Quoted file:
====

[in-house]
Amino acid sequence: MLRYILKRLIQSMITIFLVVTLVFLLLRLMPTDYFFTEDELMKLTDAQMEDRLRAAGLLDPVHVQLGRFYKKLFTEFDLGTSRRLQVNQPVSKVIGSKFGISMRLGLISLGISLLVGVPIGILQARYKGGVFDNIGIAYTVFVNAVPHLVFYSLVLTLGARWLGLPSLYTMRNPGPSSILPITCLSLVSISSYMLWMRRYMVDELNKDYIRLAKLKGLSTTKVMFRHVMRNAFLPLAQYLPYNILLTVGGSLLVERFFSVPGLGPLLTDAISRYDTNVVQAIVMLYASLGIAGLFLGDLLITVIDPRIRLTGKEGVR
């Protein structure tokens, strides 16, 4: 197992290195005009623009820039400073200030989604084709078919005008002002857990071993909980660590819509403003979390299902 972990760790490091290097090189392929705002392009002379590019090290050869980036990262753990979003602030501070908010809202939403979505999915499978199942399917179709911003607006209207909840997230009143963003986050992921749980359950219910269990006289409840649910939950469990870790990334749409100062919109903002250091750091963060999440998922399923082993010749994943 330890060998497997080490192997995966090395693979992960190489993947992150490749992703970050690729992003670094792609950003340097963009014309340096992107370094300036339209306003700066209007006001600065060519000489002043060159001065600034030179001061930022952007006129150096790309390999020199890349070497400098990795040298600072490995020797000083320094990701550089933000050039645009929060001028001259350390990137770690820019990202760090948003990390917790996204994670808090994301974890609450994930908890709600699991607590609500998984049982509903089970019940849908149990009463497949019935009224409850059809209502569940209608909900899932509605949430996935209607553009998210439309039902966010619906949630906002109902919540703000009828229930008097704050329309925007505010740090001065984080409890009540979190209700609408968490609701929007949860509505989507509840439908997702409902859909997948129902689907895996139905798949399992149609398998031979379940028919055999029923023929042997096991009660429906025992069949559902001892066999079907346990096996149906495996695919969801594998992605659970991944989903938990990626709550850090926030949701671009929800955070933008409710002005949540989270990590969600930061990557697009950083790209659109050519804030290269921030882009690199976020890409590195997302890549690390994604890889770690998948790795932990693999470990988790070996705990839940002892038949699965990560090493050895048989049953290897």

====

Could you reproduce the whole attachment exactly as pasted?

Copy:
[in-house]
Amino acid sequence: MLRYILKRLIQSMITIFLVVTLVFLLLRLMPTDYFFTEDELMKLTDAQMEDRLRAAGLLDPVHVQLGRFYKKLFTEFDLGTSRRLQVNQPVSKVIGSKFGISMRLGLISLGISLLVGVPIGILQARYKGGVFDNIGIAYTVFVNAVPHLVFYSLVLTLGARWLGLPSLYTMRNPGPSSILPITCLSLVSISSYMLWMRRYMVDELNKDYIRLAKLKGLSTTKVMFRHVMRNAFLPLAQYLPYNILLTVGGSLLVERFFSVPGLGPLLTDAISRYDTNVVQAIVMLYASLGIAGLFLGDLLITVIDPRIRLTGKEGVR
């Protein structure tokens, strides 16, 4: 197992290195005009623009820039400073200030989604084709078919005008002002857990071993909980660590819509403003979390299902 972990760790490091290097090189392929705002392009002379590019090290050869980036990262753990979003602030501070908010809202939403979505999915499978199942399917179709911003607006209207909840997230009143963003986050992921749980359950219910269990006289409840649910939950469990870790990334749409100062919109903002250091750091963060999440998922399923082993010749994943 330890060998497997080490192997995966090395693979992960190489993947992150490749992703970050690729992003670094792609950003340097963009014309340096992107370094300036339209306003700066209007006001600065060519000489002043060159001065600034030179001061930022952007006129150096790309390999020199890349070497400098990795040298600072490995020797000083320094990701550089933000050039645009929060001028001259350390990137770690820019990202760090948003990390917790996204994670808090994301974890609450994930908890709600699991607590609500998984049982509903089970019940849908149990009463497949019935009224409850059809209502569940209608909900899932509605949430996935209607553009998210439309039902966010619906949630906002109902919540703000009828229930008097704050329309925007505010740090001065984080409890009540979190209700609408968490609701929007949860509505989507509840439908997702409902859909997948129902689907895996139905798949399992149609398998031979379940028919055999029923023929042997096991009660429906025992069949559902001892066999079907346990096996149906495996695919969801594998992605659970991944989903938990990626709550850090926030949701671009929800955070933008409710002005949540989270990590969600930061990557697009950083790209659109050519804030290269921030882009690199976020890409590195997302890549690390994604890889770690998948790795932990693999470990988790070996705990839940002892038949699965990560090493050895048989049953290897």